LG damps down touchscreen-mania: "People still want to have a keypad…"

Interviews, Mobile phones, Mobile World Congress 2008

lg-jeremy-newing.jpgAfter launching the touchscreen-only Viewty and Prada phones, you might think LG is keen to kill off the humble mobile keypad. But it seems consumers have said ‘not so fast!’ to the company, with the result that LG is now including slide-out keypads into a number of its touchscreen phones.

“We did a lot of research into consumers’ reactions to touchscreen technology, and some are a little bit nervous,” Jeremy Newing, head of marketing for UK and Ireland at LG, told me yesterday. “People still want to have a keypad, whether it’s for texting or dialling numbers. So we’re doing that.”

He cites LG’s new KF600 phone as an example of this policy in action, with its slide-out keypad, but also the way it splits its display into a non-touchscreen main screen, and a touchscreen ‘InteractPad’ which has virtual buttons that change according to what you’re doing on the phone – texting, playing music, taking photos or whatever.

To me, this seems a sensible solution to the challenge of squeezing enough buttons onto a mobile to handle music, photography, video, games and whatever other functions might require dedicated buttons. LG also has another aim in mind though:

“We’re trying to provide very intuitive phones for the consumer that overcome this barrier of ‘I’ve already got a Nokia, and will continue to buy them because I know how it works’,” says Newing. “These phones are so intuitive, they almost think for you. As soon as you go to write a text message, the buttons change to suit that.”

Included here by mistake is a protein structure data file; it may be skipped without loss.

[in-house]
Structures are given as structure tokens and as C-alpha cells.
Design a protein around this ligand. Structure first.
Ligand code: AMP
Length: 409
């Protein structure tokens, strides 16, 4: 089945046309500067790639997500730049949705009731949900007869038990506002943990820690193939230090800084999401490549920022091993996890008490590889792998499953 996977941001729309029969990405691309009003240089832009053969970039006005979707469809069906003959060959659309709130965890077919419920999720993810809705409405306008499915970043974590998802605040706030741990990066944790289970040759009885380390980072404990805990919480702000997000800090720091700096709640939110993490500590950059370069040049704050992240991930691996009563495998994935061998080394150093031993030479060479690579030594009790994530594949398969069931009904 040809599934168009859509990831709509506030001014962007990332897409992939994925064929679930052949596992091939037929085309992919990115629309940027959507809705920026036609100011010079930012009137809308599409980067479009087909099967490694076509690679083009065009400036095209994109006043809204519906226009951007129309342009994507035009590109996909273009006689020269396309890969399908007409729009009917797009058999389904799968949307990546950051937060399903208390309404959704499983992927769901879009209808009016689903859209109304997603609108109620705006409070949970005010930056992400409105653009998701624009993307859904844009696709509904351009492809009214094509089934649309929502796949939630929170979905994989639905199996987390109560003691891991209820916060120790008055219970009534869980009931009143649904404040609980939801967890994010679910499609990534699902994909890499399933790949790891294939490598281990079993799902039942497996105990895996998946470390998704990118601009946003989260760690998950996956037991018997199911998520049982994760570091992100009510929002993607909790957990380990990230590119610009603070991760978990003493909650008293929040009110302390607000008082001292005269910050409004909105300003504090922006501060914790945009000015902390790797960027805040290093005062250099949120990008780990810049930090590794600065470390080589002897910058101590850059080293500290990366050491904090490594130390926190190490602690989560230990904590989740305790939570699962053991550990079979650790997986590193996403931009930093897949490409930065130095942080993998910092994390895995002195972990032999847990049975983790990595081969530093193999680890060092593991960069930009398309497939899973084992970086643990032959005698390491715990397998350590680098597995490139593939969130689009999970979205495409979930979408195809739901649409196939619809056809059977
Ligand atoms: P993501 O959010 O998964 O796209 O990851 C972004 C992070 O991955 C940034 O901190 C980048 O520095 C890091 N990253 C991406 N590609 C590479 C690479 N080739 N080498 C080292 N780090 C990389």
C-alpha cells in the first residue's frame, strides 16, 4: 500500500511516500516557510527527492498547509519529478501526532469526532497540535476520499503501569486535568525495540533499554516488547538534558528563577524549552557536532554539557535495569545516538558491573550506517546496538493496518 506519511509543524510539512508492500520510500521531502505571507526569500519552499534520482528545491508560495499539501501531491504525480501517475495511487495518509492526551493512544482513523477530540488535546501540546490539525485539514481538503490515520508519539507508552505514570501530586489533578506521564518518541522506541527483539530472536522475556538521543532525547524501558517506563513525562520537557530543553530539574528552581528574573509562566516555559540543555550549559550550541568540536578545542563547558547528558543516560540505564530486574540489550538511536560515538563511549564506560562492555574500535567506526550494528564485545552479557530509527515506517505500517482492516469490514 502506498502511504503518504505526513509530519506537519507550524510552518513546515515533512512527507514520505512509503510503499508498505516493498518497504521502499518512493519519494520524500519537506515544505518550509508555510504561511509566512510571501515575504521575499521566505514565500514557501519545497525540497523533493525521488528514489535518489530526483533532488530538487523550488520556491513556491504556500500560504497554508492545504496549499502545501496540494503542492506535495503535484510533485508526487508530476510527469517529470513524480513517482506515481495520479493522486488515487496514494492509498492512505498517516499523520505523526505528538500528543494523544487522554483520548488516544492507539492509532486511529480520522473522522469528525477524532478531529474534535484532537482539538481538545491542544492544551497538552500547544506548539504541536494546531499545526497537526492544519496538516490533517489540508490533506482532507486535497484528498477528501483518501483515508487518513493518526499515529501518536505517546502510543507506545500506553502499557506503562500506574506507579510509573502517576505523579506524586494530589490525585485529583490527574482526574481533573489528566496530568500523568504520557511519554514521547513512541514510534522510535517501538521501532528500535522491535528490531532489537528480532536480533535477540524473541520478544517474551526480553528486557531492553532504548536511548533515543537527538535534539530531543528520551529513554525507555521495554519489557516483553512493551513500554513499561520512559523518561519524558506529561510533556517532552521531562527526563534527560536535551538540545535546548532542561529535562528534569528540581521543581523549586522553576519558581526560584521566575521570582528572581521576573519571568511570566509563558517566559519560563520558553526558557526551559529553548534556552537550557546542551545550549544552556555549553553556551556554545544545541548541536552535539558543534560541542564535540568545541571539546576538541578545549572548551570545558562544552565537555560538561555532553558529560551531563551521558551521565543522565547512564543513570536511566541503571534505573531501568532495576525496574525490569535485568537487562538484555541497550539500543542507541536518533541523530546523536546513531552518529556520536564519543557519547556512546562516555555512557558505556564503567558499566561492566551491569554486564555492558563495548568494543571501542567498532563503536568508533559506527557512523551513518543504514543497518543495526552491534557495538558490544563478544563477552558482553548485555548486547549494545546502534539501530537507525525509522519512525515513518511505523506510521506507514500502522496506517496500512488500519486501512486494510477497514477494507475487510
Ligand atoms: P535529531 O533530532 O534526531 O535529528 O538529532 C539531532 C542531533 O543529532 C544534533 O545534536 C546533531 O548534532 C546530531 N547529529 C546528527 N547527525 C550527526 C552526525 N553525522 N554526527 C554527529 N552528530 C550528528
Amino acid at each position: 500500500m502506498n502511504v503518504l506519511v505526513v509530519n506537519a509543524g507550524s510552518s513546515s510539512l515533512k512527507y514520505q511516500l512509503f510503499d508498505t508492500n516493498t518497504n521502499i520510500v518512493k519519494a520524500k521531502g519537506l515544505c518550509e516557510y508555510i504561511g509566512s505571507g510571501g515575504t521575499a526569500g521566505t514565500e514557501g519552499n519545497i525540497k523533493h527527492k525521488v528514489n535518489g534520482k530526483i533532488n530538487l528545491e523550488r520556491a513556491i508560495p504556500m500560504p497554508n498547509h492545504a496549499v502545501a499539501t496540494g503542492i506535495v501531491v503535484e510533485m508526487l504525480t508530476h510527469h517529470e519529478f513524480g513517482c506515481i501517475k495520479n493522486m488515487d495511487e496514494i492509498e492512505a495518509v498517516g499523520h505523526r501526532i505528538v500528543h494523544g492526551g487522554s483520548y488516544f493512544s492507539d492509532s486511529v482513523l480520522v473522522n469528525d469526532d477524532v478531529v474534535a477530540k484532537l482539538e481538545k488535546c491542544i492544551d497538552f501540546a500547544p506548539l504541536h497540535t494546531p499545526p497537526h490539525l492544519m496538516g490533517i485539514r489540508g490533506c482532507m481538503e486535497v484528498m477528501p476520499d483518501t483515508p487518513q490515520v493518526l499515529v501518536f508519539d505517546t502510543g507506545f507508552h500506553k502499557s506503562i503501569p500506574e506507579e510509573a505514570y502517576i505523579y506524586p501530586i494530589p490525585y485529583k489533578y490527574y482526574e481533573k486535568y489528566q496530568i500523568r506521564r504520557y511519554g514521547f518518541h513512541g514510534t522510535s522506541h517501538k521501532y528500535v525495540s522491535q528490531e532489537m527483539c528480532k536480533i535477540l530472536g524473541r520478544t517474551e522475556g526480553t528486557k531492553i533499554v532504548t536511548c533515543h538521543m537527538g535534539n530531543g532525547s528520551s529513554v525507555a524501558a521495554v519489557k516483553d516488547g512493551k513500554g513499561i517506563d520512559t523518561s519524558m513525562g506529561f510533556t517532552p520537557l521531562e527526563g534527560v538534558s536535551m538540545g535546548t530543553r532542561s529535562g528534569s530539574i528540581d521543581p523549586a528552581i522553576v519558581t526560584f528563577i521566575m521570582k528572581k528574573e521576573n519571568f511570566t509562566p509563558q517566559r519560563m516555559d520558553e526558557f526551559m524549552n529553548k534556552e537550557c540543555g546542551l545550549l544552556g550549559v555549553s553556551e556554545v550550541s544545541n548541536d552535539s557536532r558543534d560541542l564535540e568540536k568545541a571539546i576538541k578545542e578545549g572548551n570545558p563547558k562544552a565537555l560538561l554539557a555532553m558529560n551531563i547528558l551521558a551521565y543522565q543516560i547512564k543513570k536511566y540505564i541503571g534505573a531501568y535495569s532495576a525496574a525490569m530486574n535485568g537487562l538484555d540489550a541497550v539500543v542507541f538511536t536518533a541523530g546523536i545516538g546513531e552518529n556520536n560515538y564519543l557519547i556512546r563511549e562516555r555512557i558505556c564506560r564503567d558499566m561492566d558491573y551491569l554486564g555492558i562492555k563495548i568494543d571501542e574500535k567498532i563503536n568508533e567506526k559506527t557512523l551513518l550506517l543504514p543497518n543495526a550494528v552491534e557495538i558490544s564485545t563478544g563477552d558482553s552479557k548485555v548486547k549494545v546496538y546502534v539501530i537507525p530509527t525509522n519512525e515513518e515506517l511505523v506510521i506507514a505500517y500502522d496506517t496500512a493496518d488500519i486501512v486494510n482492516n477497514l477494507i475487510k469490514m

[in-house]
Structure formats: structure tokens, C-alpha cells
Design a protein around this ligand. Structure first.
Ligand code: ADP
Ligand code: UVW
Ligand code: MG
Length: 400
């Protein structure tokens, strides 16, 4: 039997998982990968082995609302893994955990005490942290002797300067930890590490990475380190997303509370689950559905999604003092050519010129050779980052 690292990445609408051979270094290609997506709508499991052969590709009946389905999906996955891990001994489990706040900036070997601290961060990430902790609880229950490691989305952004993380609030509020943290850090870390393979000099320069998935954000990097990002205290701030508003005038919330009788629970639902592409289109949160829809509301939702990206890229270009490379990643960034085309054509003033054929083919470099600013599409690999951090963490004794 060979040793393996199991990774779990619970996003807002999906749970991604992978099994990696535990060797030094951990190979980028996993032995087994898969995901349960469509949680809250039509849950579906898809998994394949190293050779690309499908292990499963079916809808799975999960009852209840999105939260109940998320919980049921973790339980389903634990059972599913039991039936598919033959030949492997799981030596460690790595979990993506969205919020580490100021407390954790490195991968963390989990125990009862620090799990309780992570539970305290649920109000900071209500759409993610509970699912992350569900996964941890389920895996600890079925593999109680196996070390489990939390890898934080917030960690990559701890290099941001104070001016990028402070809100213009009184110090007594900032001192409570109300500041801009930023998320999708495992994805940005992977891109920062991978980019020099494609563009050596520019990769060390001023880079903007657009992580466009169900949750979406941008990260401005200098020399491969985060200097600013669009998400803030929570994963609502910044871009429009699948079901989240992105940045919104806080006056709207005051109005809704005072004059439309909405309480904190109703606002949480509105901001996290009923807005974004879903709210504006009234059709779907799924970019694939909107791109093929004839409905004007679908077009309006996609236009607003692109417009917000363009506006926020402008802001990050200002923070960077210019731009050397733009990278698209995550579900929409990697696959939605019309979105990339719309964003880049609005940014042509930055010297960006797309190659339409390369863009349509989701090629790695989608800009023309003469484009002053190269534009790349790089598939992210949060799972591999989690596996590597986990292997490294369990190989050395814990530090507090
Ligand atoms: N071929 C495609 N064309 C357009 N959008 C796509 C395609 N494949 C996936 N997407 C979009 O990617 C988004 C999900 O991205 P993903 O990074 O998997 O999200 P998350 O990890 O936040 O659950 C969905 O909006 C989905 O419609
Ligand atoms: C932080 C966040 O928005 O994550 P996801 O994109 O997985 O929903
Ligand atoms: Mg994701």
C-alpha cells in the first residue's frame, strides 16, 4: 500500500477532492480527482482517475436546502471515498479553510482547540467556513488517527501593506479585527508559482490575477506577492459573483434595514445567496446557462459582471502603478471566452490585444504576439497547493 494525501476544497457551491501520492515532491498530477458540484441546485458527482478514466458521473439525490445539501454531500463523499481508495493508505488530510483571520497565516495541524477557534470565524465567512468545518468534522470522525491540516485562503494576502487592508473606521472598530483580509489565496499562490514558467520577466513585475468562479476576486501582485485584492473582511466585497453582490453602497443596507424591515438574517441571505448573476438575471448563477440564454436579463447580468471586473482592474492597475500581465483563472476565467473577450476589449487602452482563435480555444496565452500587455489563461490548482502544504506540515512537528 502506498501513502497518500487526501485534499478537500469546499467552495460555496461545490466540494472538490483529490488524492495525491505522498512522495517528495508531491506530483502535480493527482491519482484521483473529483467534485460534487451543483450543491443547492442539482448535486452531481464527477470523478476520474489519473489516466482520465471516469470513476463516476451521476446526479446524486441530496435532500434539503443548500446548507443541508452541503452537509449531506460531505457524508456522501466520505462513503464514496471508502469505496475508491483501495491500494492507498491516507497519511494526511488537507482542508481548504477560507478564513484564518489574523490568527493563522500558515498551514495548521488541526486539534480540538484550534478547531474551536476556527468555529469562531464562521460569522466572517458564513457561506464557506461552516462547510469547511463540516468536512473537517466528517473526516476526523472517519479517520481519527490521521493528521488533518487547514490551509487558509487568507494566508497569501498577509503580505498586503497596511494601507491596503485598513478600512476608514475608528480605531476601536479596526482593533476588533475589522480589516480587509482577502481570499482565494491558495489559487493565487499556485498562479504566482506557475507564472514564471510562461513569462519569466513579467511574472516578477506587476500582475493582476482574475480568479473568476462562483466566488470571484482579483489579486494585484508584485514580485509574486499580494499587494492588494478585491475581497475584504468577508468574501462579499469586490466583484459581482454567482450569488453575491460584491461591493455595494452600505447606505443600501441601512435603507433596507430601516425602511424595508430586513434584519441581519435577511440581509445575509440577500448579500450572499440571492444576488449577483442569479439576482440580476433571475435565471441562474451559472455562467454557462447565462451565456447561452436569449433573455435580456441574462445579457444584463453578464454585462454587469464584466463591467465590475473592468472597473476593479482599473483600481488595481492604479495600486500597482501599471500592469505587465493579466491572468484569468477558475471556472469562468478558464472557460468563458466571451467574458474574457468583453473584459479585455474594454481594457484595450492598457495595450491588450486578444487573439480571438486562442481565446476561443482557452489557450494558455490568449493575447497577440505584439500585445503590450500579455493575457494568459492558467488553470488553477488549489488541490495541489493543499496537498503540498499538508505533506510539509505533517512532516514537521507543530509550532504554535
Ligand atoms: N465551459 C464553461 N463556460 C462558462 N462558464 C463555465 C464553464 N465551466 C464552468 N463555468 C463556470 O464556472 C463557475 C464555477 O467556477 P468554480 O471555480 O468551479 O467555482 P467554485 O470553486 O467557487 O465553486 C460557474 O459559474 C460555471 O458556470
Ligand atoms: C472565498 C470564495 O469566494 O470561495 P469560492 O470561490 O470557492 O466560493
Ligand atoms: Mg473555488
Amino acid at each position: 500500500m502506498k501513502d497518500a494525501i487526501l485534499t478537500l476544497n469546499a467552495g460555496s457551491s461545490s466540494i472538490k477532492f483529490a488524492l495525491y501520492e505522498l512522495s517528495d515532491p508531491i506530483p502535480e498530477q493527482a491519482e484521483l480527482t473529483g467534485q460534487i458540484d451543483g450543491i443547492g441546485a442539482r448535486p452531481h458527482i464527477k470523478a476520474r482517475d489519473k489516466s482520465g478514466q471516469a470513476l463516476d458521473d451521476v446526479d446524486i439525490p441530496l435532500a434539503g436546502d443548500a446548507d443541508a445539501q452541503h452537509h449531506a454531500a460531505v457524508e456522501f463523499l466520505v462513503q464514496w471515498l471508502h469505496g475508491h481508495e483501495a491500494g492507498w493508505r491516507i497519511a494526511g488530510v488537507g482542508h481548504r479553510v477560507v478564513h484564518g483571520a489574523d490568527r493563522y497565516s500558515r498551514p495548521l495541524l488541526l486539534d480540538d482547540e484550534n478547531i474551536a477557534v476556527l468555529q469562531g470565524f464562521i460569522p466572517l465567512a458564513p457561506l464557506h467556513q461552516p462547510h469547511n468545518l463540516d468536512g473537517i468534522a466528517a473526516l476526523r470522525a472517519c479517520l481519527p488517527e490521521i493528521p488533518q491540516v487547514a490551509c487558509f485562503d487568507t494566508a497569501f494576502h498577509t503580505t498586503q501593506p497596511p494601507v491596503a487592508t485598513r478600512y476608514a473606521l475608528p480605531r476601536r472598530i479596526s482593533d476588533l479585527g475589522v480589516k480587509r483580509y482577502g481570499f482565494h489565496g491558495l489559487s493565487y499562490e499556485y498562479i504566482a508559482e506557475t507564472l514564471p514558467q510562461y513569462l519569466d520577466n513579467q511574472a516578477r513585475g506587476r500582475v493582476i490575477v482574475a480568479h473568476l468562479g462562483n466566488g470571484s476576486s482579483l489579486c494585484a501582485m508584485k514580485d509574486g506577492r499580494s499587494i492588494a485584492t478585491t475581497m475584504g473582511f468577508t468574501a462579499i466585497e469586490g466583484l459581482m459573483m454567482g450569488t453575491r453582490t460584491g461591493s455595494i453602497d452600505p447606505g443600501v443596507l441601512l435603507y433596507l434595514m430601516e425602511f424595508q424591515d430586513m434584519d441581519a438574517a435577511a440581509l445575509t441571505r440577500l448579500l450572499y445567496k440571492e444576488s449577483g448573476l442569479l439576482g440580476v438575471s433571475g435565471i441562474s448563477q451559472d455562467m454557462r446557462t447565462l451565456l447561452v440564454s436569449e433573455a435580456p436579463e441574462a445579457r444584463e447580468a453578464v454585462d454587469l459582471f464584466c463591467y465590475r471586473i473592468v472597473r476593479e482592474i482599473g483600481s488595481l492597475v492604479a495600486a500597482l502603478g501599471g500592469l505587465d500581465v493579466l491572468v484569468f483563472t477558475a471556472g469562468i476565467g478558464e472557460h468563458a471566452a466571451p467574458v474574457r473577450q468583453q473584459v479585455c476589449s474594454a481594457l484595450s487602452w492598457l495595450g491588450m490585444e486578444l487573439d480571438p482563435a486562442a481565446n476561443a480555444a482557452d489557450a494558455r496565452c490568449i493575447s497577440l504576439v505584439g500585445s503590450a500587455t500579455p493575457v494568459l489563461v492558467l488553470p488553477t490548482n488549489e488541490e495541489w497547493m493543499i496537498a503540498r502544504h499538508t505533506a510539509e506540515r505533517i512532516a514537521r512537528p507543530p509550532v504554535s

LG is shifting its strategy in the UK, planning to launch more handsets a year, and a wider range – with more affordable models complementing its existing high-end devices.

Music is going to be a big deal for LG this year too, having announced its partnership with Omifone to make a MusicStation Max handset which includes unlimited music as part of the price.

“From our perspective, music is going to be fundamental,” says Newing. “Music and touchscreen go hand in hand. Sony Ericsson and Nokia are trying to develop their own music strategies, but our approach is different in that it’s not about taking revenue away from the mobile operators. We just want our consumers to have the best music opportunity in the market.”

What about the iPhone though? Newing says it’s been a good thing for LG, as the splash caused by Apple’s handset helped the Viewty to be pitched as a credible alternative. But it seems LG will be pushing its MusicStation Max phone as the true iPhone killer:

“If you are a really heavy music user on the iPhone, you could be paying £1,500 a year to access all that music. Our strategy is to have devices where that capability is built in, and for our consumers to have access to all music, not just tracks from certain labels.”

Newing confirms that LG will be making multiple MusicStation Max handsets, not just one. I wonder if this is an exclusive partnership, or whether Omnifone will also make MusicStation Max phones with other handset makers. One to watch…

Find more mobile news in our Mobile World Congress 2008 category

Stuart Dredge
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